Nearly 70 percent of all overdose deaths in Vermont in 2018 involved opioids — 46,802 people, according to the National Institute on Drug Abuse. Last week, the South Burlington City Council voted to join two settlements with major opioid manufacturers, following the lead of Vermont and several other states and hopefully securing funds to lessen the painful effect of the health crisis.

The settlements require three major distributors — McKesson, Cardinal Health and AmerisourceBergen — to pay up to $21 billion over 18 years and the manufacturer — Janssen Pharmaceuticals and its parent company, Johnson & Johnson — to pay up to $5 billion over nine years, according to a memo from South Burlington city attorney Joe McNeil.

The total settlement of $26 billion will be distributed to ease the ongoing crisis — for past expenses and future costs — and to a statewide abatement fund.

South Burlington should receive approximately $340,000 from distributors and $78,700 from the manufacturer, a little over 4 percent of Vermont’s cut, McNeil told city councilors at a meeting Nov. 15.

Councilor Thomas Chittenden submitted his support for joining the settlements, noting an independent claim would be pricy for the city to take on.

Similar conversations are happening in communities across the state and many others are on board, city manager Jessie Baker added. However, it’s still unclear how many Vermont municipalities will join in.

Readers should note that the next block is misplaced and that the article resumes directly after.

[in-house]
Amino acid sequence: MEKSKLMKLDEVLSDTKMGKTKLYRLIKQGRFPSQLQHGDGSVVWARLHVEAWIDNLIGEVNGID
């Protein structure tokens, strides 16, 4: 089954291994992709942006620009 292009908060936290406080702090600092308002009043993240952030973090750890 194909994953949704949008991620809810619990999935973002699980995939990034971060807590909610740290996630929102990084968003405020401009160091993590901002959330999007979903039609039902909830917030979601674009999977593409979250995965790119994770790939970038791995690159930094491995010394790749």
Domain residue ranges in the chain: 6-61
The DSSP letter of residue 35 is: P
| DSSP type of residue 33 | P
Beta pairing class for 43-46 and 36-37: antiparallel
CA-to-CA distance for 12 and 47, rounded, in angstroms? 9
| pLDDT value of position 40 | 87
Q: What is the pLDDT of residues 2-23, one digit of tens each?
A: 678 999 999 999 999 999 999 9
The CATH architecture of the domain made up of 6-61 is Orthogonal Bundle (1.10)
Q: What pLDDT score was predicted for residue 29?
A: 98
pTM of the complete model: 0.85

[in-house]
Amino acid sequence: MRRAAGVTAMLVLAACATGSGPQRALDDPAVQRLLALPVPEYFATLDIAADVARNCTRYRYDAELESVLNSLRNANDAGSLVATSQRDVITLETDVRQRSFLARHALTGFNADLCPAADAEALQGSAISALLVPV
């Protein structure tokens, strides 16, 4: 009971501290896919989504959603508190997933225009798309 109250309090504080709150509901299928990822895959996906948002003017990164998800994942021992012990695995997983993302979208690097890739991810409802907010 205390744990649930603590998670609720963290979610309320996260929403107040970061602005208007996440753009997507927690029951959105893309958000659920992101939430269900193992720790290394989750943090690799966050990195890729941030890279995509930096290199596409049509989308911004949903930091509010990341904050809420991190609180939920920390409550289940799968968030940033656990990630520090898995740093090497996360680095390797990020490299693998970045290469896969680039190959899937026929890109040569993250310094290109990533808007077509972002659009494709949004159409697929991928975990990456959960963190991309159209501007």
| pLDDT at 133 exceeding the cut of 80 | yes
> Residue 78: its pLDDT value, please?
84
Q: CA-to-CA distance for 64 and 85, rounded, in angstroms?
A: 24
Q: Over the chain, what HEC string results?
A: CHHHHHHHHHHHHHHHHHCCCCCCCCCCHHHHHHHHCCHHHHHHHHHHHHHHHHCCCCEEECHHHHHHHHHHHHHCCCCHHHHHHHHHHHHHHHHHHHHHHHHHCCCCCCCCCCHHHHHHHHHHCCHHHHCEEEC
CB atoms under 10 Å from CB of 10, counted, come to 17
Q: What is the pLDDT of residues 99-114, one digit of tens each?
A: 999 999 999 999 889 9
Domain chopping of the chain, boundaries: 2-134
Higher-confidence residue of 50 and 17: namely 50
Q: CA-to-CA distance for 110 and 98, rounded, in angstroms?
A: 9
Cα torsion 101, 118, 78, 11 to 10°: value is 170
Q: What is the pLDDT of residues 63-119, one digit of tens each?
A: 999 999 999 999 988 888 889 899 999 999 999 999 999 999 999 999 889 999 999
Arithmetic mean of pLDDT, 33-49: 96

The funds most likely have “strings attached,” said city councilor Matt Cota.

According to the settlement, opioid remediation uses include training for first responders, schools and families; increased distribution of overdose drugs like Narcan to uninsured individuals; medication-assisted treatment; funding for community drug disposal programs; increased funding for jails to provide treatment to inmates with opioid dependency; and other uses.

Depending on when states and local governments join the settlements, funds could begin flowing as early as April 2022, according to the settlement.

In addition to abatement funds, the settlement agreements require Johnson & Johnson and the opioid distributors to reform processes and accountability “in order to detect, stop and report suspicious opioids orders,” per the settlement. While Johnson & Johnson stopped marketing opioids in 2015 and stopped selling the highly addictive drugs in 2020, the company agreed to continue the suspension for the next 10 years.

City councilors unanimously voted to join the settlements, which they must sign by Jan. 2.

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